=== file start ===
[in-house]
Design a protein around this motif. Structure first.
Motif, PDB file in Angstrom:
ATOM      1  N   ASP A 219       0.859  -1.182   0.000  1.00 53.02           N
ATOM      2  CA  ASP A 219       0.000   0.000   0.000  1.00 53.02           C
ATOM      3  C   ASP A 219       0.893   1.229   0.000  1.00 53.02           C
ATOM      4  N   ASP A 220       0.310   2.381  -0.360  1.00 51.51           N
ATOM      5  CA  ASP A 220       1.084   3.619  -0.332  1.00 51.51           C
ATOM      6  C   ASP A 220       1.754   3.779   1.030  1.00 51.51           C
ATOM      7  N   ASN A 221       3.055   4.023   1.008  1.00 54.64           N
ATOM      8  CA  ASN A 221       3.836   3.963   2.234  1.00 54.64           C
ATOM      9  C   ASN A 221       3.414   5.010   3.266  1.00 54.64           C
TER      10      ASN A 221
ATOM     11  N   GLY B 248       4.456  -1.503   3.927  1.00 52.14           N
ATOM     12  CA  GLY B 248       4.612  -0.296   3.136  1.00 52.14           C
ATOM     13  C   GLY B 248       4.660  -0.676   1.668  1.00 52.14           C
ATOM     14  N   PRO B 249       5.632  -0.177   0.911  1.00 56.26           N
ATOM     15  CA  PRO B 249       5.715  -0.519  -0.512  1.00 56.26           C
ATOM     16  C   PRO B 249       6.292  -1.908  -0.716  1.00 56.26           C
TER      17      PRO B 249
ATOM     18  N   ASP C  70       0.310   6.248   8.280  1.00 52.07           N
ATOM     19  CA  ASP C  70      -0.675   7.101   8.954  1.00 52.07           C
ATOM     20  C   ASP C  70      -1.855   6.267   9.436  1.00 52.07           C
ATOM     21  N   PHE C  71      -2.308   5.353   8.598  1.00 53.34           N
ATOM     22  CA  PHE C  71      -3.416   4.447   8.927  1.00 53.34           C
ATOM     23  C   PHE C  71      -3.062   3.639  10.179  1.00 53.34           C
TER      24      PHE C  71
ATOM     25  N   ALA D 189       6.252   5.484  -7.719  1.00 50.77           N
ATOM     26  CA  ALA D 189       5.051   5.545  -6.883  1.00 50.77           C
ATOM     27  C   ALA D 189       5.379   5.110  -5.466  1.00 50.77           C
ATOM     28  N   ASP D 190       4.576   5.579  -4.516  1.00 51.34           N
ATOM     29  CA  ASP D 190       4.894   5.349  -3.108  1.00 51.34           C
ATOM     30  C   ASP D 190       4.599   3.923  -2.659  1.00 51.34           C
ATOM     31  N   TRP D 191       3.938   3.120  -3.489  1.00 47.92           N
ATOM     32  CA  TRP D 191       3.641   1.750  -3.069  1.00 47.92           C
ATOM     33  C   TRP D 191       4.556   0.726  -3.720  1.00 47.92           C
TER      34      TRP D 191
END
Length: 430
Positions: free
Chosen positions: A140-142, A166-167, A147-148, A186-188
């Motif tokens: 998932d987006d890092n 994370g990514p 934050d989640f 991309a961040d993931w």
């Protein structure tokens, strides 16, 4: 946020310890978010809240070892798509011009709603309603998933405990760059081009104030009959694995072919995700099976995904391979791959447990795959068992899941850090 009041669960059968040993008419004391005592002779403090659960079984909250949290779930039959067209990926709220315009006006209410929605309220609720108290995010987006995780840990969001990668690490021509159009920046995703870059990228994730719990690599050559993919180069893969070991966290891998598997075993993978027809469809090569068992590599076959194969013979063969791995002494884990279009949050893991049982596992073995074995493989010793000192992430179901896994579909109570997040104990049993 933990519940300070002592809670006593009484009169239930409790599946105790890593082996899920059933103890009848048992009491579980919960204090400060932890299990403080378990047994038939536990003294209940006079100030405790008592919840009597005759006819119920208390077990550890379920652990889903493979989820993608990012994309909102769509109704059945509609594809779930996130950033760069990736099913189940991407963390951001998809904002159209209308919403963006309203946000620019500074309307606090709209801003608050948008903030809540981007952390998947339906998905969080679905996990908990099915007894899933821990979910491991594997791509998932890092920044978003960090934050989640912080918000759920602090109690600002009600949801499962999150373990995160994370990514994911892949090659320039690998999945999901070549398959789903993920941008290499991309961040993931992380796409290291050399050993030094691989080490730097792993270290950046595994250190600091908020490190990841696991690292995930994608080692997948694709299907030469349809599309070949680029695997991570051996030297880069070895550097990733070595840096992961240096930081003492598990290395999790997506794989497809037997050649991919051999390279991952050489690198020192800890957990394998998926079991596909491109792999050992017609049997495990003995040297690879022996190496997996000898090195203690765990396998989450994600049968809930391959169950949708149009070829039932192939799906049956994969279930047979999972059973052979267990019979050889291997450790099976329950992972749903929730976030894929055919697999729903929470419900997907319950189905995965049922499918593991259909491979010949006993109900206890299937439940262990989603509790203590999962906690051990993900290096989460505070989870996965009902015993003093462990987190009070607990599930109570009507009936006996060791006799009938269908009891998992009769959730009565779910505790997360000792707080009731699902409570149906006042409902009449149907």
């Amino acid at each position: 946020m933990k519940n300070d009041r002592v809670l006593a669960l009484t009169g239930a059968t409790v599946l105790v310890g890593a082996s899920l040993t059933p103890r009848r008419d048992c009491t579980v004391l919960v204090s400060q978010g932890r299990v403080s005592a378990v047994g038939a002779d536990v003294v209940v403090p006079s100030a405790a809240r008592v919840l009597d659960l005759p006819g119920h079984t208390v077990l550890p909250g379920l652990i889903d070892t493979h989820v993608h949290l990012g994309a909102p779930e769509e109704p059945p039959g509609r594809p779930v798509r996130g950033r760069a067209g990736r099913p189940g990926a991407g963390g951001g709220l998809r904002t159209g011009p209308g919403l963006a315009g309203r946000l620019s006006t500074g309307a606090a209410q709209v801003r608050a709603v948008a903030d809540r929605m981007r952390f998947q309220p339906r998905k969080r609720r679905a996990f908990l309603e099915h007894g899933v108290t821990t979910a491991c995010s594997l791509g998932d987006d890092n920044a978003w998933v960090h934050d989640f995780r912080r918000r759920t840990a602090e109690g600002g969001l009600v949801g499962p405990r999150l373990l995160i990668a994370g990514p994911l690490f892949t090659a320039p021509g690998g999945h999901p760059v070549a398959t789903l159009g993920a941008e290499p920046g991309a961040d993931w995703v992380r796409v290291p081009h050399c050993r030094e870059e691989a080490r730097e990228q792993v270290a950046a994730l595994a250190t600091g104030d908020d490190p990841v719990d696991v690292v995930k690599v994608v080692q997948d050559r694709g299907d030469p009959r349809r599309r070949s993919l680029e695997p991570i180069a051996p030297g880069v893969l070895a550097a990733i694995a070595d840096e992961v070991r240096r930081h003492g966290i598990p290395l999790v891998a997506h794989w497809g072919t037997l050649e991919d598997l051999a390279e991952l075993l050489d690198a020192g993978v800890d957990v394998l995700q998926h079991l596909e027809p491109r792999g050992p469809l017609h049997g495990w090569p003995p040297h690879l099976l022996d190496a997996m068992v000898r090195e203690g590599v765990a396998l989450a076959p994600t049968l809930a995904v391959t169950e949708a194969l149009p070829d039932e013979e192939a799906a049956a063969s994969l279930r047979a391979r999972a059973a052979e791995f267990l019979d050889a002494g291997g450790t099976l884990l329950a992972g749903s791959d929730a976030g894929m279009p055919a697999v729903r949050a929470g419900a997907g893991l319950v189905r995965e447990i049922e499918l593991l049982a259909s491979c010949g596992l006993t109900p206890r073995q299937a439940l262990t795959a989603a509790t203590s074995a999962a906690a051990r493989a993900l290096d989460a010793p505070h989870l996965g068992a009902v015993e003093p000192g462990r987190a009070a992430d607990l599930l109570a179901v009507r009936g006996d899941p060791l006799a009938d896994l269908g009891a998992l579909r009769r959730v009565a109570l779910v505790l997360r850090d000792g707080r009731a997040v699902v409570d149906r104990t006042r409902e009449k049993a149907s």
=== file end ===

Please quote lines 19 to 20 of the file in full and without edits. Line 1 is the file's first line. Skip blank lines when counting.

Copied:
ATOM     16  C   PRO B 249       6.292  -1.908  -0.716  1.00 56.26           C
TER      17      PRO B 249